Dec 30, 2020 I Paul Seaburn

Moons of Uranus May Contain Water and Life, Not Just Double Entendres

Every time a story about the planet named for the Greek god of the sky is published, fans of Uranus wait for the first joke, pun or double entendre to respond angrily that the correct pronunciation of their favorite planet is YOUR-a-nus, not your-ANUS. Well, put down your pens – this story has to do with the moons of the giant gas planet and, if that brings yet another double entendre to mind, put the blame on the brain, not the poor writer. In this case, the moons are Miranda, Ariel, Umbriel, Titania, and Oberon, the five largest satellites of Uranus. Because of their similarities to Europa and Enceladus, big icy moons of Jupiter and Saturn, scientists now wonder of they could have subsurface oceans filled with alien life forms.

“If there’s liquid water there and it’s a little bit salty like ocean water on the Earth, then it can be conducting, meaning currents can flow in it.”

Uranus moons 570x397
Uranus's largest moons compared at their proper relative sizes and relative positions. From left to right: Puck, Miranda, Ariel, Umbriel, Titania, and Oberon

In a paper presented at the recent American Geophysical Union (AGU) fall meeting, MIT planetary scientist Benjamin Weiss explained how Voyager 2, way back in 1986, showed that these five big moons were roughly 50:50 combinations of rock and ice, and their surfaces showed signs of cryovolcanism – volcanoes that spew water, ammonia or methane instead of molten rock. When the moons pass through Uranus’s strange magnetic field, they could generate their own induced magnetic fields which would make the moons even more inhabitable. Magnetic fields would be detectable by future flyby satellites even landers and rovers, which is why Weiss and fellow Uranus moon fans of the scientific kind are pushing for missions to one or more of Miranda, Ariel, Umbriel, Titania, and Oberon.

“(A probe) getting close enough to one or more of the satellites to see this—you have to get close, meaning within a satellite radius, roughly—is unlikely to be a feature of an early…mission to Uranus (which likely wouldn’t arrive before 2042).”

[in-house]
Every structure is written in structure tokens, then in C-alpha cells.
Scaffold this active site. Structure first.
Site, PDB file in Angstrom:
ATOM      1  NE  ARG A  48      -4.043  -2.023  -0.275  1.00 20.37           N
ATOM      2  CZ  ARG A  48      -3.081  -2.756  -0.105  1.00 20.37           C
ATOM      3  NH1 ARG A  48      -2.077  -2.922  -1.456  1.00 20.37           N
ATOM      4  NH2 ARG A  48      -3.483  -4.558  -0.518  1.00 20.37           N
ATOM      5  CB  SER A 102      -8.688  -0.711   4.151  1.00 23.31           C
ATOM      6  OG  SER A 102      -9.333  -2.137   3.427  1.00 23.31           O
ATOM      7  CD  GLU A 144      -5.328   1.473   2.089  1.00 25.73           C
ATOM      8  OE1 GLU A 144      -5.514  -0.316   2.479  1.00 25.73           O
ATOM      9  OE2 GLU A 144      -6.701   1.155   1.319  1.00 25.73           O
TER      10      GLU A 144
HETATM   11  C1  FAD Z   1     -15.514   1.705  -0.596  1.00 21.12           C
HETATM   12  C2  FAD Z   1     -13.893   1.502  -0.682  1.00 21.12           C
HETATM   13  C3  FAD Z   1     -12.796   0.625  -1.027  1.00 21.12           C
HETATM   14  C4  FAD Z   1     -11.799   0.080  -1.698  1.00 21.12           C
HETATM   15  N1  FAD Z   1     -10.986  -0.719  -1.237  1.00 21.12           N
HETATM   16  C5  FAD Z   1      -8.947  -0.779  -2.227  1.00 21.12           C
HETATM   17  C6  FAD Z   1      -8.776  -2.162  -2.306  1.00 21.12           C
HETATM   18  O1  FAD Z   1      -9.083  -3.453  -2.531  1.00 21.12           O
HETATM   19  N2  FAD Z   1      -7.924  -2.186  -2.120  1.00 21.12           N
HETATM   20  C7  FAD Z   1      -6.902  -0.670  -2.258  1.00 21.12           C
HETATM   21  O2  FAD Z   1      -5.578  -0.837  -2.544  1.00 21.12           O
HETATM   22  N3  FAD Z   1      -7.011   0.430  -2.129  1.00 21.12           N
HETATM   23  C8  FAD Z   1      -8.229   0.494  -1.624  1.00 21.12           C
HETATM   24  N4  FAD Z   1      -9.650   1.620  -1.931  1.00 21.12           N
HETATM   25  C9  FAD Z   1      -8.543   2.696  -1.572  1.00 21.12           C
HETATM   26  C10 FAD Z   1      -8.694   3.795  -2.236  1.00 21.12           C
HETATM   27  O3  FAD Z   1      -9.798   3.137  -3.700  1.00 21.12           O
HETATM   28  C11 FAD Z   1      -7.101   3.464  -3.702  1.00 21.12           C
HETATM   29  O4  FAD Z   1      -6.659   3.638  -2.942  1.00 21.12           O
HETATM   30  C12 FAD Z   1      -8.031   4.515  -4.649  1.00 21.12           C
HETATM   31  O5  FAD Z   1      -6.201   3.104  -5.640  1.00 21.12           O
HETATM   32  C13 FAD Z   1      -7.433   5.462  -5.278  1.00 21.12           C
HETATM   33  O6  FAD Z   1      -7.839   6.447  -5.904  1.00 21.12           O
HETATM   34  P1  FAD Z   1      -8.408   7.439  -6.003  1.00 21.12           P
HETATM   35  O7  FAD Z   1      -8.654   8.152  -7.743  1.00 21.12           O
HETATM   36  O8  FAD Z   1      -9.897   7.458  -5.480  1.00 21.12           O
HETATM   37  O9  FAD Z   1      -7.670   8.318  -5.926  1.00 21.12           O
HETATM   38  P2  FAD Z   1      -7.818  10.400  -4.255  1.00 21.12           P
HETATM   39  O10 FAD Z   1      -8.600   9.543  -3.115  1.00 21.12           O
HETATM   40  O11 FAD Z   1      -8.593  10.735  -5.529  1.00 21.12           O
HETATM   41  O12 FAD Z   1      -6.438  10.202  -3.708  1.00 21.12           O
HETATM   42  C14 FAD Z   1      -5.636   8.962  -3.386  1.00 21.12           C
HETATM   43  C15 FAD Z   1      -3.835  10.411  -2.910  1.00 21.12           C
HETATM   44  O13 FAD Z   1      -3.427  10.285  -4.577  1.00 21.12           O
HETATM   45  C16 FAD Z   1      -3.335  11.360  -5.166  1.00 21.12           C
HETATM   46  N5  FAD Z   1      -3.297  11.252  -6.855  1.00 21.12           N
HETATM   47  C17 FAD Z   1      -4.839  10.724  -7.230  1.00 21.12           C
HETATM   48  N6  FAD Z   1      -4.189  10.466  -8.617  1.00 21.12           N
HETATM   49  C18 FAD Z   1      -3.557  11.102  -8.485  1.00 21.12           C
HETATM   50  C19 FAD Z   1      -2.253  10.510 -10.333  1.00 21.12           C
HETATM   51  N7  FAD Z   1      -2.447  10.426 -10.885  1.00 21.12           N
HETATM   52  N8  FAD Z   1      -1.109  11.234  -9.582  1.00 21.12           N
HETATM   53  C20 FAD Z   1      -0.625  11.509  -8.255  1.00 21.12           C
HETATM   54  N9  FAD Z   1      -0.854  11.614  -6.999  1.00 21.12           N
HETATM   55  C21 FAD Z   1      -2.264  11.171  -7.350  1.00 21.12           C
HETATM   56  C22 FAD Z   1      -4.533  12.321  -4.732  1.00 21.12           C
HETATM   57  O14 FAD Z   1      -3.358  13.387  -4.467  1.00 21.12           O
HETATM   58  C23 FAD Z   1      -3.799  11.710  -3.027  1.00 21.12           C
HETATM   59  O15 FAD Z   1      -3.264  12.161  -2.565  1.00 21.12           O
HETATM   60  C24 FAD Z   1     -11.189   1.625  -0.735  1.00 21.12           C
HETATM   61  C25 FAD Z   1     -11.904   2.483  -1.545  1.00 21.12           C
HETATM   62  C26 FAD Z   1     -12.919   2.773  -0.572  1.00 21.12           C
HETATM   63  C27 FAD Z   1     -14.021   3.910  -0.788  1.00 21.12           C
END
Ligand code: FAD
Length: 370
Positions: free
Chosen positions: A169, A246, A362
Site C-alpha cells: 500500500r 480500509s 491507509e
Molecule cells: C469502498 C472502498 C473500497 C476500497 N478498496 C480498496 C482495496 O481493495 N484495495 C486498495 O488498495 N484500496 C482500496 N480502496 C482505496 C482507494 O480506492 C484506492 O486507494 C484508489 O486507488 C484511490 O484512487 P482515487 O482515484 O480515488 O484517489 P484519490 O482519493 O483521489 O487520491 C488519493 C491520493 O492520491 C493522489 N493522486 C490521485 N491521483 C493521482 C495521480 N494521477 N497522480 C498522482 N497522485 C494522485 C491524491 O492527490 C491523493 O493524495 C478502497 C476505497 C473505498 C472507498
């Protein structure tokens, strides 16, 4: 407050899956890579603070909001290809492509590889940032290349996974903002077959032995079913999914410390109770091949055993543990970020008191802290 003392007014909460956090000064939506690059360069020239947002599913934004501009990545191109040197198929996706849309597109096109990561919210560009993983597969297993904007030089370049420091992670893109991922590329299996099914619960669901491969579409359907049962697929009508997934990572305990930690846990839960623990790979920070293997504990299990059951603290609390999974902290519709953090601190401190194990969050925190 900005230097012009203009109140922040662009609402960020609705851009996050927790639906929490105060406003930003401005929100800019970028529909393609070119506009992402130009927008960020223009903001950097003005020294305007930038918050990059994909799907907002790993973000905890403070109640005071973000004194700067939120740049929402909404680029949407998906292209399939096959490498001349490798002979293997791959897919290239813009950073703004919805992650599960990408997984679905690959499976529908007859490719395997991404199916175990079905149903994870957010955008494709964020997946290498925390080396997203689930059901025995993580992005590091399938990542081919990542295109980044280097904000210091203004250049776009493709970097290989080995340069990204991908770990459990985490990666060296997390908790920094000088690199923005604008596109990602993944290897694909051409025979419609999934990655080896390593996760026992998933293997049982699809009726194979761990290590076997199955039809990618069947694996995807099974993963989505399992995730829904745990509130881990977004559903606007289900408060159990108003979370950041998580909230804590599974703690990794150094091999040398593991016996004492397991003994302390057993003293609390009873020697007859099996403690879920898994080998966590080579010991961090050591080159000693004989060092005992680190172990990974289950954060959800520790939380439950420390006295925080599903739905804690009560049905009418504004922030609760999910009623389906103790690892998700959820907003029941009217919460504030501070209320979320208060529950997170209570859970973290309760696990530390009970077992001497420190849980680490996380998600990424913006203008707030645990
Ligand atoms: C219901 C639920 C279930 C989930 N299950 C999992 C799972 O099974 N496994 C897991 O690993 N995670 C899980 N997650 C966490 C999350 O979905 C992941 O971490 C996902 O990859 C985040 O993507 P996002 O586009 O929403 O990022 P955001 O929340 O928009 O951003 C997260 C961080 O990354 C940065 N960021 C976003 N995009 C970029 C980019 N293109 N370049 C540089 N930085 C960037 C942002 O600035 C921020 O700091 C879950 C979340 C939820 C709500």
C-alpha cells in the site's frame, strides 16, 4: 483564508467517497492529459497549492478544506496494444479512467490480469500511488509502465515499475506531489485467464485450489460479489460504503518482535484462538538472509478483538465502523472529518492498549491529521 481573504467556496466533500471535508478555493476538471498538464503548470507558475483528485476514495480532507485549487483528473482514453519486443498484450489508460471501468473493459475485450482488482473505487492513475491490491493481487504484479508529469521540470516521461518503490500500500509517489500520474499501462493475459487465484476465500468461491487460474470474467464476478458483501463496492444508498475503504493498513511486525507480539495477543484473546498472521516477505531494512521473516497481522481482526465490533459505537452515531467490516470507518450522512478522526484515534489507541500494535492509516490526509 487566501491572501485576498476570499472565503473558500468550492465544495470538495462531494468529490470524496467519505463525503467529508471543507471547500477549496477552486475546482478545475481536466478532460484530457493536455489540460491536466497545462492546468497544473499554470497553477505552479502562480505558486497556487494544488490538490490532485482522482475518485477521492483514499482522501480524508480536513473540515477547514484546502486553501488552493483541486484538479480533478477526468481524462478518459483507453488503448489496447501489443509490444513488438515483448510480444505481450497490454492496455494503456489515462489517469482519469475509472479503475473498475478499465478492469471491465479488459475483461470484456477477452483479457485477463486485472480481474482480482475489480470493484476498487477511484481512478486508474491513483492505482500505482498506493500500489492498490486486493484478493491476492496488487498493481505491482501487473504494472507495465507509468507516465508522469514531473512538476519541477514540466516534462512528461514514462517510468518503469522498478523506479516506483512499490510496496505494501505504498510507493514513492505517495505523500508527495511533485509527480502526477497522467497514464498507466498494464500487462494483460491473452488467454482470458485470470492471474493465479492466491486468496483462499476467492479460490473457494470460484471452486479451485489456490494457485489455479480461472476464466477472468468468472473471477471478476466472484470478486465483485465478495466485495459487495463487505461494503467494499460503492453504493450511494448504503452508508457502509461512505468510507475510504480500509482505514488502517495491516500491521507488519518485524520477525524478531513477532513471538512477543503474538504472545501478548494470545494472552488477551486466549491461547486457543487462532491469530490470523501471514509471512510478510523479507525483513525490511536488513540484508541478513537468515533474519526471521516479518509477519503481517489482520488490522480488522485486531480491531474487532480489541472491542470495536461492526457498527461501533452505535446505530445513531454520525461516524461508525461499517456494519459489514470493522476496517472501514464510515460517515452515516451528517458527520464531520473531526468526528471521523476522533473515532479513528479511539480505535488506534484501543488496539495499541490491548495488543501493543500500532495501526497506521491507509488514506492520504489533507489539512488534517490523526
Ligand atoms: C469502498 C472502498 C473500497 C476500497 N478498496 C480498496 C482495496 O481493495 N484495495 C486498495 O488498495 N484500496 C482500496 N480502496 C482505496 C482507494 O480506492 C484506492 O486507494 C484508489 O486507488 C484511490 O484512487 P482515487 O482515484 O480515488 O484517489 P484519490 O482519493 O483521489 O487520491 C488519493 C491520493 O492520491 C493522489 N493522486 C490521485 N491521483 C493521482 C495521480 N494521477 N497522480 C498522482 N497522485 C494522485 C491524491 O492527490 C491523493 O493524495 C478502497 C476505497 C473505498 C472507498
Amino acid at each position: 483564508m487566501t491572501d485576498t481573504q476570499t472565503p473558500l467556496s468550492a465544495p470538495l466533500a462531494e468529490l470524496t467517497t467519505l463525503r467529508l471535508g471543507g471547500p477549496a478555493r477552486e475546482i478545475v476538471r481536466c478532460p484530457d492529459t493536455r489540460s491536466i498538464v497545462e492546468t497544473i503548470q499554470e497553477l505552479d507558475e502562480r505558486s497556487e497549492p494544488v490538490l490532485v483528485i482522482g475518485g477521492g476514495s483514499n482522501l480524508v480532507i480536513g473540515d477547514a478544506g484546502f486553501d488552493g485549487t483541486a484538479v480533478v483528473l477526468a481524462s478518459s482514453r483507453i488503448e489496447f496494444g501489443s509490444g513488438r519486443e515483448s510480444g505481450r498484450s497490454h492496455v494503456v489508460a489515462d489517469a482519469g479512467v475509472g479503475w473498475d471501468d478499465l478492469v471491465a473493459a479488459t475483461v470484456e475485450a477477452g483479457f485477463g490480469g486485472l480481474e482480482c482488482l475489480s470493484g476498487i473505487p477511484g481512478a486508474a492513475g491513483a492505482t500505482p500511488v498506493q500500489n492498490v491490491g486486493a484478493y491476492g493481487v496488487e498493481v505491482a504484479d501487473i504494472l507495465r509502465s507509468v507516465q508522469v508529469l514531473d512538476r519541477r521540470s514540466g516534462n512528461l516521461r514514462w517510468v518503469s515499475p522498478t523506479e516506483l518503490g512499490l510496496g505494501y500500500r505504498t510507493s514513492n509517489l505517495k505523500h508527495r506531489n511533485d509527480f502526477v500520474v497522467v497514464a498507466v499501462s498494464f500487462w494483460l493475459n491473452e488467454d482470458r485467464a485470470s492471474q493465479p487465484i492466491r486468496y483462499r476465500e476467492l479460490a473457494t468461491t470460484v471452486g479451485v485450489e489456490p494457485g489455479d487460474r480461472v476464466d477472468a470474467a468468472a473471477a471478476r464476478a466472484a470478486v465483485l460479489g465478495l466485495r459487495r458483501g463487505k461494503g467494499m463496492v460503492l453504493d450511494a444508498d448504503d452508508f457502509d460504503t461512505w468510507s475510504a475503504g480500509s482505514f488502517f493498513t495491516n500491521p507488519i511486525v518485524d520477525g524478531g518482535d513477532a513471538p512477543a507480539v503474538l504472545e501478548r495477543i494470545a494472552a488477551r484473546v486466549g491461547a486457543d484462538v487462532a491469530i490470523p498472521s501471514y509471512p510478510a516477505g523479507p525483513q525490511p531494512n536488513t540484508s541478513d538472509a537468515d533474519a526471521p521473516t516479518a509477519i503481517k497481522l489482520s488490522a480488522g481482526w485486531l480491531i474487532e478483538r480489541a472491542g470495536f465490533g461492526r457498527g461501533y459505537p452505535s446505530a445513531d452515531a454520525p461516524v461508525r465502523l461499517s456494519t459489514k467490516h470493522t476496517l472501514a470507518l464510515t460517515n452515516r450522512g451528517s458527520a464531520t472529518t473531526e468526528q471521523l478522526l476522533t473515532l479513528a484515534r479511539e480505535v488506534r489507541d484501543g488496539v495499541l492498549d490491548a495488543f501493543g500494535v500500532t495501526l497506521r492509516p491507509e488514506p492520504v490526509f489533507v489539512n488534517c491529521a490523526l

David Stevenson, a planetary scientist at the California Institute of Technology in Pasadena, told Eos (the magazine and website of the AGU) that such a mission needs to be in the planning and budgeting phase now in order to reach one of those ocean-and-life-possible moons within a reasonable amount of time. Faster spacecrafts might help, but those are not in the near future either. Weiss knowns this but hopes talking about the possibility of life on so many of the larger moons in the solar system will get more people interested in missions to Uranus and Neptune.


Even if future missions find water but no life on the moons of Uranus, that would still be good news – water is needed for fuel to send probes back … or much farther out into space.

Uranus doesn’t deserve the double entendres anymore, and these discoveries will give its moons their own crack at fame. (Sorry!)

Paul Seaburn

Paul Seaburn is the editor at Mysterious Universe and its most prolific writer. He’s written for TV shows such as "The Tonight Show", "Politically Incorrect" and an award-winning children’s program. He's been published in “The New York Times" and "Huffington Post” and has co-authored numerous collections of trivia, puzzles and humor. His “What in the World!” podcast is a fun look at the latest weird and paranormal news, strange sports stories and odd trivia. Paul likes to add a bit of humor to each MU post he crafts. After all, the mysterious doesn't always have to be serious.

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